|Elwyn Lynn, Tied Property, 1977, mixed media on paper, 55x77 cm.|
Elwyn Lynn, Marbled, 1975, mixed media on paper, 77x55 cm.
Elwyn Lynn, widely known for his art criticism and writing, was an Australian matter painter. Matter painting was a facet of abstraction concerned with the metaphysics of phenomena, placing emphasis on the experimental use of texture, material additives and process. A leading exponent was the Italian artist, Alberto Burri who sometimes burnt his work. Lynn, a contemporary of Peter Clarke, also went further than emulation of an international style, he personalised his painting. Described by Peter Pinson as possessing a ‘roughly hewn larrikinism’,[] Lynn says of his childhood in Junee, ‘You were always conscious of soil.’[] Junee, in south central N.S.W., is ‘Drysdale country’ being susceptible to drought and isolation. Lynn’s personal photographs are of simple but iconic constructs in the landscape such as weathered shed walls of rusted corrugated iron. The references to land through cracked, furrowed and incised texture, range from dark brooding salutations of the landscape to more celebratory works, and are a direct reference to his origins. Whilst the concept and technique are informed by European artists including Tàpies, Dubuffet and Duchamp, Lynn also follows on from the bleakness of Drysdale.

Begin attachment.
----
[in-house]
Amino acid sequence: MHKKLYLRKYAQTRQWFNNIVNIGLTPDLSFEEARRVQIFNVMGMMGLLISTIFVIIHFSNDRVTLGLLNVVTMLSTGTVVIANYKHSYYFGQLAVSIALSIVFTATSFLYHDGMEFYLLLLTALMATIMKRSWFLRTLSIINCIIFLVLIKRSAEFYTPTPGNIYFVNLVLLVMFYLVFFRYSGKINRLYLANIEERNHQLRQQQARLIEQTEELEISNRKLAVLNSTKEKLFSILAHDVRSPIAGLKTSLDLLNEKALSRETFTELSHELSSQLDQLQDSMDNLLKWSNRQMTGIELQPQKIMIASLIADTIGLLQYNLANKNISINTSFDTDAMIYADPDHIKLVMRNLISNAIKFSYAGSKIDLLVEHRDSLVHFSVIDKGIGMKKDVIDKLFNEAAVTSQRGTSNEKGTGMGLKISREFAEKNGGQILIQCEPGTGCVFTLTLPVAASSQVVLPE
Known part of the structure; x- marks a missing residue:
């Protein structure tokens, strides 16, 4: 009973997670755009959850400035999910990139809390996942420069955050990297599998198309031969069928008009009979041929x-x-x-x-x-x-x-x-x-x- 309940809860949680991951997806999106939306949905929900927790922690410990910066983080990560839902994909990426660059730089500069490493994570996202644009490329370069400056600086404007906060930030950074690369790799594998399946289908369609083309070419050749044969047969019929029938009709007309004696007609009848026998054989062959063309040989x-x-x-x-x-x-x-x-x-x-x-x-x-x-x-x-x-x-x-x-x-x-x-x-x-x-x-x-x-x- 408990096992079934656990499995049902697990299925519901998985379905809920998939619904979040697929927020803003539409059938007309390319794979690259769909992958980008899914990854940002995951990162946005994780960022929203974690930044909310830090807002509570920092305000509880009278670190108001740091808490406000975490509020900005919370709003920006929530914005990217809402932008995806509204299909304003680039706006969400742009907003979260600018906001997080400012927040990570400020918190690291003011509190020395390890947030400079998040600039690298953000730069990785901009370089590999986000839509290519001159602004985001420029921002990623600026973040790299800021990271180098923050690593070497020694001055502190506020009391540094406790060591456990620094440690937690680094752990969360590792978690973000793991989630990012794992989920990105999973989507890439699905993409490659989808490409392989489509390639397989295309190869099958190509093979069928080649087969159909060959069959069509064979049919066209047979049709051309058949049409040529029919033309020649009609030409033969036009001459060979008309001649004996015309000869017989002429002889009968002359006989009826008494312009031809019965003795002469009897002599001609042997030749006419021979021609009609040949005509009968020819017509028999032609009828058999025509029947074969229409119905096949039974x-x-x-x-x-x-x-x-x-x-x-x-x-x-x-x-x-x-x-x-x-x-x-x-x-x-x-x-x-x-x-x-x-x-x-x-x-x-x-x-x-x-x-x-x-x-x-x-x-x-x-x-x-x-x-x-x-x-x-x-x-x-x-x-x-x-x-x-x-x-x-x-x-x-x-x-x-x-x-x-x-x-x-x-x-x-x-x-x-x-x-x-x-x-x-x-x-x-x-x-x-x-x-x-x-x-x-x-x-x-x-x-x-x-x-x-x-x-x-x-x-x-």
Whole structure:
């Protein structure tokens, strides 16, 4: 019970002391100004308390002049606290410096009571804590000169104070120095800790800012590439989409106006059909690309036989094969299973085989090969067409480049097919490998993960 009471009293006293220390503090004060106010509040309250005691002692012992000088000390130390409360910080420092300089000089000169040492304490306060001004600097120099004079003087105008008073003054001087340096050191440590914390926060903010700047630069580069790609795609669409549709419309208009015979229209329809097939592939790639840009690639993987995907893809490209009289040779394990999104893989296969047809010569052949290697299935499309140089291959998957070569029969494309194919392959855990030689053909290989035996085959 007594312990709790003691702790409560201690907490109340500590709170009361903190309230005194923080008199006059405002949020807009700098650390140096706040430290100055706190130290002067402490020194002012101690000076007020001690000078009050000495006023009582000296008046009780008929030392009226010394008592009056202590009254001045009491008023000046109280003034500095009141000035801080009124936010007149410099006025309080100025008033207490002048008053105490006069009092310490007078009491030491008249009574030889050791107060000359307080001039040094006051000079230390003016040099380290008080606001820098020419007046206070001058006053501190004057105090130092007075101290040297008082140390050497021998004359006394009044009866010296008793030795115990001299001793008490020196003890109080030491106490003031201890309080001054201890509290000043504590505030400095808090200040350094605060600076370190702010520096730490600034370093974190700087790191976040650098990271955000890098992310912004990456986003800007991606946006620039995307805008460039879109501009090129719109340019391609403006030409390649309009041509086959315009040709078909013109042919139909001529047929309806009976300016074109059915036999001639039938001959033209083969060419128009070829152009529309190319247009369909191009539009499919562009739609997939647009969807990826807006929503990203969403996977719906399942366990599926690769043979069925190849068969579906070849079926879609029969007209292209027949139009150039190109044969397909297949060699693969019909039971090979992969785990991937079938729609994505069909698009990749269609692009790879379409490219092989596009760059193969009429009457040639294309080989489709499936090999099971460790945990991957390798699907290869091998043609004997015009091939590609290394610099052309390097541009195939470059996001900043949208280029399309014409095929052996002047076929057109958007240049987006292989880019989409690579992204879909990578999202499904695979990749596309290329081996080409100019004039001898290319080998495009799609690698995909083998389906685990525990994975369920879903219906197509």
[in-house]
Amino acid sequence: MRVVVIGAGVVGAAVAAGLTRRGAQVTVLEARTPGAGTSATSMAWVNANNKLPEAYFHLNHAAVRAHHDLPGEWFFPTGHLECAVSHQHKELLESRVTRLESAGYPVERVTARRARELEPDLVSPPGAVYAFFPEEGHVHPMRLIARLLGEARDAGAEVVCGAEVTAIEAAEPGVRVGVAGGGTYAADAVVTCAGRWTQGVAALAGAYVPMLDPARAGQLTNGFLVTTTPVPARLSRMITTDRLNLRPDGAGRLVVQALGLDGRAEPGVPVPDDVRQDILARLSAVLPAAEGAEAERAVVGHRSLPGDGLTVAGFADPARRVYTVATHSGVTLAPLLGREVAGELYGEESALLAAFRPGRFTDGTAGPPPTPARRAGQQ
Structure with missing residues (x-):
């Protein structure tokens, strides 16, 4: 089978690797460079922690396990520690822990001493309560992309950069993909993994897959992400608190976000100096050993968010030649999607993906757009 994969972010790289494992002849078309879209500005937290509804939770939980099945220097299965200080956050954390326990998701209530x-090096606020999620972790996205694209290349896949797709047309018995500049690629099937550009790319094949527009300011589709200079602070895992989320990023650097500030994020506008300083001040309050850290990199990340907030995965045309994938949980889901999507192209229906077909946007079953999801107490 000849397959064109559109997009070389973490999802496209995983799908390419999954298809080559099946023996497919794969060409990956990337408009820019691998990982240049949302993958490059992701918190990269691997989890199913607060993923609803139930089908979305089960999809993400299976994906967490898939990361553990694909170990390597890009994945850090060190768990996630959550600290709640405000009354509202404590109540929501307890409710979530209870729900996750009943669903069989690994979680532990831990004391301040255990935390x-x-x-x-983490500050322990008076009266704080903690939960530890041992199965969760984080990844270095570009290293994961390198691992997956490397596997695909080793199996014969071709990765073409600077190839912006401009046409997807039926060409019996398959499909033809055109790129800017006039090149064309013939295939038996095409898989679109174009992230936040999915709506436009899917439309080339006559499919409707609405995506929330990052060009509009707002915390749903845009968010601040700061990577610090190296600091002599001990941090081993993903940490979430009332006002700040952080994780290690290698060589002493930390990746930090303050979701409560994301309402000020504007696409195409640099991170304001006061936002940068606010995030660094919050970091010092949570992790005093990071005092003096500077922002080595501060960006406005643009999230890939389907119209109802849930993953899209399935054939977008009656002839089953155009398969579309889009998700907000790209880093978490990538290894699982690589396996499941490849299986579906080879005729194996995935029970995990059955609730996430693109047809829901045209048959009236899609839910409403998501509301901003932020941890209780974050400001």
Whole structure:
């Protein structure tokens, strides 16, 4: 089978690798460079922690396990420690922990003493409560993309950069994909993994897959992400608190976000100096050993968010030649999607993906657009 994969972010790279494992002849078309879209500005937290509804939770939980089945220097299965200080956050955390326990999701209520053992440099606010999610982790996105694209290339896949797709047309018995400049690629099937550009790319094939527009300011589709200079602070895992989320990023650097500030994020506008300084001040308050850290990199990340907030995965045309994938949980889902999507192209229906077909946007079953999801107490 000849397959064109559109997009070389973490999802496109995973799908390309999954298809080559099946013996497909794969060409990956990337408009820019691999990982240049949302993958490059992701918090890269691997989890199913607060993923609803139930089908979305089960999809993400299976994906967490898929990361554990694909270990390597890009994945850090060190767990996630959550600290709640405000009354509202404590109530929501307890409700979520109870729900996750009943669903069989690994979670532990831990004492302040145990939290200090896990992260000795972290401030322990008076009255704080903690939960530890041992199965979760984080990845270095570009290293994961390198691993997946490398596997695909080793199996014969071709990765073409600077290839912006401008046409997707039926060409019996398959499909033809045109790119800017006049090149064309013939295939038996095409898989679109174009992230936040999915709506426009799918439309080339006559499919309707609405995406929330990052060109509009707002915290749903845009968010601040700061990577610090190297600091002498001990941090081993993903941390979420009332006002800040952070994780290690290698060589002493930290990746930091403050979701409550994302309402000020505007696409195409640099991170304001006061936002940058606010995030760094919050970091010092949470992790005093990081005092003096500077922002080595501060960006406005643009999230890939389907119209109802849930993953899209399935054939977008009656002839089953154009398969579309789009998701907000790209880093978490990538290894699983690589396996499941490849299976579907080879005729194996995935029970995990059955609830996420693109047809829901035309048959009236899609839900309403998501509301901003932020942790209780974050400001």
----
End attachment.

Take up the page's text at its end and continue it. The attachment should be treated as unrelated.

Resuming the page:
Lynn’s choice of materials and the use of those materials is Australian. Makeshift ‘depression’ or ‘bush’ materials are favoured, and include sewn hessian sacs, packing crates, cardboard, rope, and brown paper. These cheap, everyday materials, were then sometimes torn, and used in an intentionally ‘not too flash manner’. Bound rope around sticks, is also sometimes used in a competent, solid, bushman-like manner. His paintings are ‘made’ rather than ‘professionally’ painted, with apparent additives to the traditional artist’s paint including glue, earth pigments and sand. As a consequence, the works appear to be the residue of play, or freewheeling improvisation. The result: the conjuring of landscape through enactment.
Excerpt from PhD exegesis, 'Makeshift, Abstraction and the Australian Patina', 2009.
1. Peter Pinson, Elwyn Lynn: metaphor + texture (St Leonards, N.S.W.: Craftsman House, 2002), 24.
2. Ibid, 13.